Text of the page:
When is it ethically responsible to leave a job or leave the profession?
Leaving a job requires careful consideration. Making the ethical decision to leave a profession is difficult and complex. It is not an easy choice to leave the profession (Wilson-Barnett, 1986). Ethical reasons to leave a job may have something to do with the department you work. Different professions have ethical codes that help their practitioners to leave their profession in an honorable way. A good professional knows more than working for the organization but also when to leave it. In Nursing, the America n Nurses Association (ANA) is an example of such a code. This code outlines the important general duties, responsibilities and roles of the nurse. It helps nurses to make ethical decision to leave the profession.
Nurses face moral distress because their profession makes them experience moral distress. This is because they cannot leave patients in distressing situations. Nurses should receive training and debriefing before they leave their professions. Ethics education and training will help the nurses leave the nursing field in an ethical way. Nurses should not leave their patients in distressing situations. He should name the distress and the experience causing moral distress. This will allow the managers and supervisors to help the nurse to make ethical decision of leaving the nursing profession (Corey et al., 2011). The supervisors will assign other nurse to the patients in distressing situations as the distressed nurse prepares to leave the nursing field.
How do you leave the profession?
Leaving the profession must happen in a way that the remaining work will continue without problems. This should not leave the organization in a position that will not hire you back in case you want to come back. You write a formal letter to your immediate supervisor explaining the reasons why you are leaving the nursing profession (Parry, 2008). Your supervisor will report the same to the management of the hospital facility.
How to deal with ethical dilemma in the nursing career
Nurses face many ethical dilemmas every day. Their varied roles present them with situations that require ethical decisions. The decisions have an impact to the patients and on them. An ethical dilemma is a problem that has no satisfying solution. Ethical decision making rests on the issue that there are many ethical choices pertaining the same ethical problem. One ethical choice can result to the right or wrong decision.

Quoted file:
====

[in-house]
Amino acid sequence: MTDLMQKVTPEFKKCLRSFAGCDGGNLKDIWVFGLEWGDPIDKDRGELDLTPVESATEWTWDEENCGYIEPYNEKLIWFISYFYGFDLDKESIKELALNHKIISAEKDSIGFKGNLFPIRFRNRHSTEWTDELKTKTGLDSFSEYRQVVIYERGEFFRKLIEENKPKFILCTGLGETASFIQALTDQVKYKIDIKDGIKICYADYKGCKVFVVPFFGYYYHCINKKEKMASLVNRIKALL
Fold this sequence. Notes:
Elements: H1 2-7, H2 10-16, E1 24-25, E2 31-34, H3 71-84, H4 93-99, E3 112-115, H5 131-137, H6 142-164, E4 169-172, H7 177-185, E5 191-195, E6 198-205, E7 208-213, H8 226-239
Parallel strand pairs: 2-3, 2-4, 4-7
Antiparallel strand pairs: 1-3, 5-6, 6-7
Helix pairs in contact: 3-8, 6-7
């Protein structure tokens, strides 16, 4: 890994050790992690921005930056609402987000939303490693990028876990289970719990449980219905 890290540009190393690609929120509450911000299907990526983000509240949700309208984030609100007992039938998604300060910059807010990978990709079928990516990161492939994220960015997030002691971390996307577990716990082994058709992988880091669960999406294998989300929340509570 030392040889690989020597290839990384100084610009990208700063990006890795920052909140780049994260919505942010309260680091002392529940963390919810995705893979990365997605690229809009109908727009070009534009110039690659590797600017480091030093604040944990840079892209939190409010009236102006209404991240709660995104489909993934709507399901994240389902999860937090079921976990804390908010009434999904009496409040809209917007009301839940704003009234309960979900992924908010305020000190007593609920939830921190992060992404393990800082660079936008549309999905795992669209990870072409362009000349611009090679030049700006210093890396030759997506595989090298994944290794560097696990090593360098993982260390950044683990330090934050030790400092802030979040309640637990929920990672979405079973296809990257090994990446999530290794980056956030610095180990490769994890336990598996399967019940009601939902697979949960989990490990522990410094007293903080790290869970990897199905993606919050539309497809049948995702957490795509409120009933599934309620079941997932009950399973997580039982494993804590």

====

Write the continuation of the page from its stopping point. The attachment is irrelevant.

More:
Ethical decision-making calls for nurses to make decisions that cause no harm to the patient and themselves. Making an ethical decision depends on the knowledge and experience a nurse has. Knowledge of the nurse increases depending on beliefs, values and training. This results to many ethical choices for one dilemma.
Nurses should make ethical decisions guided by the code of ethics. Understanding the processes and ethical deliberations facilitate the nurses to acknowledge that they should do the best in difficult situations. Developing moral wisdom through seeking advice from other professionals that might have encountered the same is important in dealing with ethical dilemmas.
Nurses need to examine the evidence of the case before making a resolution that could result in death. The nurses should ask themselves what they know and what they do not know about the case (Nursingworld.org, 2014). They should also consider alternative solutions bearing in mind whether personal bias exists in the assessment of the dilemma. Finally, the nurse needs to consider the availability of the resources to solve the dilemma.
Corey, G., Corey, M. S., & Callanan, P. (2011). Issues and ethics in the helping professions. Belmont, Calif: Brooks/Cole.
Nursingworld.org. (2014). Ethical Issues. [Online] Retrieved from: http://www.nursingworld.org/MainMenuCategories/EthicsStandards/Resources [Accessed: 23 Mar 2014].
Parry, J. (2008). Intention to leave the profession: antecedents and role in nurse turnover. Journal of Advanced Nursing, 64(2), 157-167.
Wilson-Barnett, J. (1986). Ethical dilemmas in nursing. 12 (3), p. 123. Retrieved from: http://www.ncbi.nlm.nih.gov/pmc/articles/PMC1375348/ [Accessed: 23 Mar 2014].